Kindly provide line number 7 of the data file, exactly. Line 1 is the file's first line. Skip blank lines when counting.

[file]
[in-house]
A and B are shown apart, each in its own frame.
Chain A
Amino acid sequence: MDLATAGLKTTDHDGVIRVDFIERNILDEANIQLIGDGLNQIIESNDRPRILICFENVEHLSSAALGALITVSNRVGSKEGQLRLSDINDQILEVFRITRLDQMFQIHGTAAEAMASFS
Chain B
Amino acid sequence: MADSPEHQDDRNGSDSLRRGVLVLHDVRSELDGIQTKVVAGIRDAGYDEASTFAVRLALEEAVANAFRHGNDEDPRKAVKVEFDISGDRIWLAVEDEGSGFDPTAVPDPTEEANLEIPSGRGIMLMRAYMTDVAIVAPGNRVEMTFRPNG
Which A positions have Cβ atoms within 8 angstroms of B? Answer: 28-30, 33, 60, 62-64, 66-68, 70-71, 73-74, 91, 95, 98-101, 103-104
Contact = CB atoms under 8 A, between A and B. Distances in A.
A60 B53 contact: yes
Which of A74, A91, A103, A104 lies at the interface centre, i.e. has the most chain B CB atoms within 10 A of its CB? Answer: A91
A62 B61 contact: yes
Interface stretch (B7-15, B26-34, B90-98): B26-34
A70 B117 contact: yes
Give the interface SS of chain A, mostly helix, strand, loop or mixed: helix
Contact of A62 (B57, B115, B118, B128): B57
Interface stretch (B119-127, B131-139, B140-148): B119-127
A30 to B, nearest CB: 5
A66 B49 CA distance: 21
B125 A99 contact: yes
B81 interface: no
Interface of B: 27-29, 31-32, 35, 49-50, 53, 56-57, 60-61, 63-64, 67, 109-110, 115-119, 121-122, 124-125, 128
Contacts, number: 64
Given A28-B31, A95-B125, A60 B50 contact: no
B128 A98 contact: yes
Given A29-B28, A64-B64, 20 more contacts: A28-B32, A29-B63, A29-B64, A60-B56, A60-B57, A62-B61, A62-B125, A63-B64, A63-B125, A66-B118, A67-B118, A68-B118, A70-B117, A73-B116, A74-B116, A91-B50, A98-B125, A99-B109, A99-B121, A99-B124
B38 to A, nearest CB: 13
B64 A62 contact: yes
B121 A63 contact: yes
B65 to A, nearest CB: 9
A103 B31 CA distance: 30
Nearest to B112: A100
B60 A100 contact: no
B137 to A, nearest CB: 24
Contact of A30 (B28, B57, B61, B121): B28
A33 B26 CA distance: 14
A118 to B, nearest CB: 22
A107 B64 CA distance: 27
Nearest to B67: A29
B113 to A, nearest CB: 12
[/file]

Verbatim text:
Which A positions have Cβ atoms within 8 angstroms of B? Answer: 28-30, 33, 60, 62-64, 66-68, 70-71, 73-74, 91, 95, 98-101, 103-104